Serious Eats: Recipes
The Secret Ingredient (Sesame): Super Sesame Hummus
No secret ingredient to date has offered the opportunities of the sesame seed. It is a globetrotter, appearing on hamburger buns in California and bagels in New York. From halvah in North Africa to oil in India. In dim sum in China; on sushi in Japan. Its applications are sweet and savory. It is a ubiquitous culinary confetti, nutty and fragrant and substantial. Comfort food, in a way, to the whole world.
From a gastronomic perspective, sesame also comes in a variety of preparations. First, raw and white. Then white and toasted. Black sesame seeds are the mysterious brunette to the more common blond. Sesame paste, known as tahini, is found in jars in raw and toasted varieties. And sesame oil, too, comes in raw and toasted iterations. And while raw sesame products are known for their healthy properties, the toasted variations recall that sensory nuttiness and exotic fragrance for which the seeds have become world famous.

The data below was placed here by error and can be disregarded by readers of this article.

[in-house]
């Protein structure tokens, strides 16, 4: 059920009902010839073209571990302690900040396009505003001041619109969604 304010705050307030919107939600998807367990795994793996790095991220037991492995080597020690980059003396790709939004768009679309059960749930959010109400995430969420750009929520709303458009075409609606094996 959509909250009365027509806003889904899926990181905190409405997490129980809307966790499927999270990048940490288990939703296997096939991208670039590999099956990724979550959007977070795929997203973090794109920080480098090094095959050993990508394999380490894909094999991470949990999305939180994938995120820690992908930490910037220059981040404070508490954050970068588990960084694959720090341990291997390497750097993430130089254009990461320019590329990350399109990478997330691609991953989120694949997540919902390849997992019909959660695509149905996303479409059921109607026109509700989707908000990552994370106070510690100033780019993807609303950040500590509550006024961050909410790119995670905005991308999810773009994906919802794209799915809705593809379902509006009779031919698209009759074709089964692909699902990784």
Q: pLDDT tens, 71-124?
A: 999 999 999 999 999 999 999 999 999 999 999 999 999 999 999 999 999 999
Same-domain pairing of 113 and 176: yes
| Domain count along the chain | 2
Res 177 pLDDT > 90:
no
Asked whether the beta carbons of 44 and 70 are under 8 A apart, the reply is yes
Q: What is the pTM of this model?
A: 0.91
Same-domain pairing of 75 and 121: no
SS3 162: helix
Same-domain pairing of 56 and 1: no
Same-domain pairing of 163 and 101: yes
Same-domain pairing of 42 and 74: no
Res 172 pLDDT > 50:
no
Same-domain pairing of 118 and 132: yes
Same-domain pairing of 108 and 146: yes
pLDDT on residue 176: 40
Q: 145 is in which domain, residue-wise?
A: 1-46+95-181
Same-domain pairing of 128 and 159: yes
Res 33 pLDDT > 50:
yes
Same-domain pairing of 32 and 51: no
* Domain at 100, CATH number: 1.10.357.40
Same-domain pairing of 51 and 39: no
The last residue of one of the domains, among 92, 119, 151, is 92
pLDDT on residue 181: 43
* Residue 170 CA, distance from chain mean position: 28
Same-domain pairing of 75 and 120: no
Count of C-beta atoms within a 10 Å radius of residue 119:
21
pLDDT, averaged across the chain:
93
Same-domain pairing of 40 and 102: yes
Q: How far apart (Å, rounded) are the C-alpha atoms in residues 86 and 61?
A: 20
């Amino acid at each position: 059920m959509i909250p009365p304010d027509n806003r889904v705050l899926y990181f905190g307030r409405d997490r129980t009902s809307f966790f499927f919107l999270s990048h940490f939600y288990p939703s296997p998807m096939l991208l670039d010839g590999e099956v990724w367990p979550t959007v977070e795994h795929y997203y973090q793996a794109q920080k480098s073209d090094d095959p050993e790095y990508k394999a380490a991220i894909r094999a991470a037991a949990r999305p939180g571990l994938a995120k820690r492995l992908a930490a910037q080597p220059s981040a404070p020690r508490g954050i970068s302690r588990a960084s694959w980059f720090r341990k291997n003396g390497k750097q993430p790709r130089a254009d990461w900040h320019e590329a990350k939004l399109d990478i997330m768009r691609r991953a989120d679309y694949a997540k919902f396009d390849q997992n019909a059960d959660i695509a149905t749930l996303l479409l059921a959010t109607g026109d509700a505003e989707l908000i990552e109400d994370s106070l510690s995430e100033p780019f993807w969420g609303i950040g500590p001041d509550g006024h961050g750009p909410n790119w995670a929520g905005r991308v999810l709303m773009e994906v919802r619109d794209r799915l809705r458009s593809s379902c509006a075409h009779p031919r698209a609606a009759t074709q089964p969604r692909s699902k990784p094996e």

For our first foray into sesame, I start in a place where sesame has existed ever so long in unremarked silence: hummus. When we think hummus, we think chickpeas and garlic and olive oil and lemon. Easier to forget is tahini—I have, in fact, been guilty of omitting it and wondering what I had done wrong. I support many shortcuts from the grocery store, but homemade hummus is worth the extra five seconds of effort. So much more fragrant and velvety. For this version, I turn up the sesame volume, incorporating whole freshly toasted white sesame seeds, toasted sesame tahini, and toasted sesame oil to accompany the usual suspects. The result is thick like chickpea mousse, redolent of exotic, fragrant sesame. I serve it with homemade whole wheat pita chips—and whisper, "Open sesame."
About the author: Kerry Saretsky is the creator of French Revolution Food, where she reinvents her family's classic French recipes in a fresh, chic, modern way. She also writes the French in a Flash series for Serious Eats.